No trip to the North Shore of Oahu is complete without a quick stop to see the sea turtles at Laniakea Beach. The turtles usually swim close to shore munching on seaweed in the morning and bask in the sun on the sand in the afternoon. Note that the beach, found just west of Haleiwa Town, has become very popular with tourists and locals alike, which sadly causes traffic gridlock and parking issues. Sea turtle activist groups usually guard the area and rope off the turtles from visitors. And if you choose to swim at the beach, sea turtles are endangered species and are protected under federal law. Do not interact with them.
Watch surfers charge huge waves at Waimea Bay
Oahu has some of the world’s biggest waves in the winter months, and the bravest of surfers gather at Waimea Bay to slide down their monster silver faces. Head down to Waimea, found down west from Haleiwa Town, to see the best of the best. If you are lucky enough, you might catch The Eddie surf contest that runs only when waves reach over 30 feet. In the summer, the bay turns glassy and swimmers can enjoy an almost lake-like experience. After watching the surfers charge the waves, head back down to Haleiwa for shave ice at Matsumoto’s or great burgers at Kua Aina Sandwich Shop.
Find tranquility in the middle of the city at Kapiolani Park
Are your guests tired of the hustle and bustle of Honolulu? Pick up a picnic basket and head down to Kapiolani Park to enjoy peace and quiet in this park located on the Diamond Head side of Waikiki. The 300-acre park, named after Hawaiian Queen Kapiolani, offers unsurpassed views of Diamond Head Crater and the Pacific Ocean. The Honolulu Zoo is just around the corner as is the Waikiki Aquarium, and its Waikiki Shell concert venue often hosts shows weekly. When well-known artists play at the Shell, locals will gather on the grounds outside venue to hear, but not see, the show. The park has ample parking and the beach is just across the street.
Hang with monk seals at Kaena Point — the edge of Oahu
The amazing hike to Kaena Point at the westernmost tip of Oahu is a must-see Hawaiian adventure. The point is a protected nature reserve and can only be reached by foot. Two access points are found on either the Waianae side or Mokuleia side. Both sides offer relatively easy hikes to the point along the dazzling coastline. Along with the amazing views, you’ll spot lots of wildlife including Laysan albatross that nest on the ground, and if you’re lucky, you’ll likely spot a sunbathing monk seal on the beach inside the sanctuary. Don’t get too close to these slumbering giants, as they can be ferocious, and it’s against the law to interact with them. There is a beach at the point but no lifeguards. The hike is about 2.5 miles from either side so bring your water and wear proper shoes and clothing. The parking lots on either end have been plagued with car break-ins over the years, so leave your valuables at home or make like the locals and leave your windows down.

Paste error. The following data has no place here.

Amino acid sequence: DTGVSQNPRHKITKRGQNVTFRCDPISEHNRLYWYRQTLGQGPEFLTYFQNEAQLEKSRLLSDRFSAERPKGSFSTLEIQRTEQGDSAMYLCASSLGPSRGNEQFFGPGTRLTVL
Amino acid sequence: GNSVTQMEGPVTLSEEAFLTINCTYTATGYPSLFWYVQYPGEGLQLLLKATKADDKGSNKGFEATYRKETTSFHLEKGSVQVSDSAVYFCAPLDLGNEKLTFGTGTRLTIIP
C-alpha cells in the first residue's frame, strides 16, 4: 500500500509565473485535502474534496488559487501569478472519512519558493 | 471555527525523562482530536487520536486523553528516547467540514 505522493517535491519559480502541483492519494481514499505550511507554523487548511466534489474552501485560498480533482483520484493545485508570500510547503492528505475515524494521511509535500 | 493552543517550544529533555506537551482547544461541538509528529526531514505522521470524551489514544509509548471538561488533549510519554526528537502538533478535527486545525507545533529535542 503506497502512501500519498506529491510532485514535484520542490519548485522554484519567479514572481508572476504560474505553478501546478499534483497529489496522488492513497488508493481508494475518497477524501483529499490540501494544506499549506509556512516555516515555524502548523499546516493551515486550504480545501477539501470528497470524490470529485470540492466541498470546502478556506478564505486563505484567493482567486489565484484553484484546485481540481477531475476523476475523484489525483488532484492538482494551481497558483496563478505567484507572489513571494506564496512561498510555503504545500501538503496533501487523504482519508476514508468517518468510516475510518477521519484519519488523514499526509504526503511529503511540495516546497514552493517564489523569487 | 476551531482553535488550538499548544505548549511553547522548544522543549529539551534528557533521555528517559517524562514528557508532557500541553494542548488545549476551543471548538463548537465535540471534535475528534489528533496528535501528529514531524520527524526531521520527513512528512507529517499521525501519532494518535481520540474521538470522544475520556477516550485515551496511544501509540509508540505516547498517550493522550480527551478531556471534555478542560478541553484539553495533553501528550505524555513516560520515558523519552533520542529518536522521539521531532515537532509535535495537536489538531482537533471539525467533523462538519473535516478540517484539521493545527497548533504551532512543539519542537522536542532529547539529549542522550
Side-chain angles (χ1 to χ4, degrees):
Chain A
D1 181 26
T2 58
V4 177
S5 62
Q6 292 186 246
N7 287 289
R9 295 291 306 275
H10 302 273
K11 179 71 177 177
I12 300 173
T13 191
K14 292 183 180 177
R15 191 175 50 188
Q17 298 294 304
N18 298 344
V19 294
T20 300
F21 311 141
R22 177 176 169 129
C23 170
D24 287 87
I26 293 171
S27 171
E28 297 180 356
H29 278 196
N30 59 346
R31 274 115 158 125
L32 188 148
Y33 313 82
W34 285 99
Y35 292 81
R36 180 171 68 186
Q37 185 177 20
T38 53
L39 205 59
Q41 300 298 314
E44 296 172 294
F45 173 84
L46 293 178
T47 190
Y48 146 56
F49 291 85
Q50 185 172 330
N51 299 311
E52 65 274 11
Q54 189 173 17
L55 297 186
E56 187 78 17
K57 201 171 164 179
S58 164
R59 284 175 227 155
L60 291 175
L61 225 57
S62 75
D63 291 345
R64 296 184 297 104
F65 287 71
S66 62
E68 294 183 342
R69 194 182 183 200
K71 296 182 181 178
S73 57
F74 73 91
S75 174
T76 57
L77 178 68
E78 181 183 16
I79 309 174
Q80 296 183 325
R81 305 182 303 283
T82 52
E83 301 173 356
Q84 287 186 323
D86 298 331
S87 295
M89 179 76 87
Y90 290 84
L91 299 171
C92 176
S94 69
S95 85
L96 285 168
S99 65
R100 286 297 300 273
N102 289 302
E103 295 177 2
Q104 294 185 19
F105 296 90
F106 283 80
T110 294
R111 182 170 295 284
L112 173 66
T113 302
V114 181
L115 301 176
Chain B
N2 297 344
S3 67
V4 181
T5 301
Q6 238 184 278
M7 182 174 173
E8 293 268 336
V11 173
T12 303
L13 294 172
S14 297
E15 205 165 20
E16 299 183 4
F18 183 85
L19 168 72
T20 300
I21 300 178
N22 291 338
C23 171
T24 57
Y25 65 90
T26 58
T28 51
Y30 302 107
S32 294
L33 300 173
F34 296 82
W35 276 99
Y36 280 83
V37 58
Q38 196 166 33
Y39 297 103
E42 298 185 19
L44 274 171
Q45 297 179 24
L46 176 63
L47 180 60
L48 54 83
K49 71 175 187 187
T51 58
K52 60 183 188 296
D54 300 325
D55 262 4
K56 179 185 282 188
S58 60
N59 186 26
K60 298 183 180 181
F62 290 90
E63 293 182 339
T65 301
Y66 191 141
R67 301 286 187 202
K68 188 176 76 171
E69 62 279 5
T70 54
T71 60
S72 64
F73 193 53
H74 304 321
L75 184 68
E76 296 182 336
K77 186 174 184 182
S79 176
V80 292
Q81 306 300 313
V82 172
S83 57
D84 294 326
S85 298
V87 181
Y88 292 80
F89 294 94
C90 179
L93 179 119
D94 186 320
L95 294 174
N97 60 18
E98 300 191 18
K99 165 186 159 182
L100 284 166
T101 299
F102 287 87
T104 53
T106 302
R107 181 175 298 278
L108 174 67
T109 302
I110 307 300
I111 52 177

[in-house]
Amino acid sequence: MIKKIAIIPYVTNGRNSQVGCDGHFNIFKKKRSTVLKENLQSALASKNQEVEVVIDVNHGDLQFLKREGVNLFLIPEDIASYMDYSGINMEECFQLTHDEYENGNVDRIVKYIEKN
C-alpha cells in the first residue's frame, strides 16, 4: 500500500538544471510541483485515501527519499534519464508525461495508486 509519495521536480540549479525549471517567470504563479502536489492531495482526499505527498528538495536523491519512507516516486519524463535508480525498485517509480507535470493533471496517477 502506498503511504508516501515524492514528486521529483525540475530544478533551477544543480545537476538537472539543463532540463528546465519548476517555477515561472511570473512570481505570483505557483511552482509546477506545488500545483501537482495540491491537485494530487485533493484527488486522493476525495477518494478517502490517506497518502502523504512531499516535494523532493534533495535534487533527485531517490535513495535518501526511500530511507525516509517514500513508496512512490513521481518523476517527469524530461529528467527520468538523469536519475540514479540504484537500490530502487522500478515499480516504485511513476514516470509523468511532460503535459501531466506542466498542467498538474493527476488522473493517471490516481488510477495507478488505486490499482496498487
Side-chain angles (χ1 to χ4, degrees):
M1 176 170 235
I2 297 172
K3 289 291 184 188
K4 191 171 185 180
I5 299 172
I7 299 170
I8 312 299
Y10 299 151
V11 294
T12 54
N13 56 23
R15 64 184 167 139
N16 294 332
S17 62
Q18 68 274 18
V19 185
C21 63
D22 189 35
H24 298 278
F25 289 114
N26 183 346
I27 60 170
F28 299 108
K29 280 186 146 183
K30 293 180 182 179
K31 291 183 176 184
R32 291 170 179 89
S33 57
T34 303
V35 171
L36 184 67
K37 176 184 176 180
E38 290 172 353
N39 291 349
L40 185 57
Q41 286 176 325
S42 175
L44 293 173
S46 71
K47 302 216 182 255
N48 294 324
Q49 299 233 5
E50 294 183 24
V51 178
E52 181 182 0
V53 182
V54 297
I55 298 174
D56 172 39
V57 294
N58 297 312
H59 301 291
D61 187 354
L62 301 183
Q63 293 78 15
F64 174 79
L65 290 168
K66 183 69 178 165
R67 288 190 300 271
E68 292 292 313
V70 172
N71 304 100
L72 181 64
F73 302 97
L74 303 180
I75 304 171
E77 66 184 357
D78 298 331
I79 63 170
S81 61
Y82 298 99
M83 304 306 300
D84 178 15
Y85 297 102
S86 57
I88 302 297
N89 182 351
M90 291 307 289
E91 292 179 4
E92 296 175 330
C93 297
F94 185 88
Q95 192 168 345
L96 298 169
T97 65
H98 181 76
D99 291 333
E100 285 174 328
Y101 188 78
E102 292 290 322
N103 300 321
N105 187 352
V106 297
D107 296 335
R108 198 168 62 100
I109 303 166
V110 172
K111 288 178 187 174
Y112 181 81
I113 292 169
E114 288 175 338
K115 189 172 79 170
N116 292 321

Catch a weekly evening fireworks show at the Hilton
Every Friday, the beach that fronts the Hilton Hawaiian Village in Waikiki hosts a free fireworks show. The show starts between 7:45 and 8 pm and lasts about ten minutes. Sit in the sand near the stage and watch the fireworks explode above. They’ll also reflect in the hotel’s lagoon, doubling your visual pleasure. Show up early to grab a spot on the beach. Traffic and parking in Waikiki can be tough on a Friday night so you can also take your guests to Ala Moana Beach Park to watch from a distance.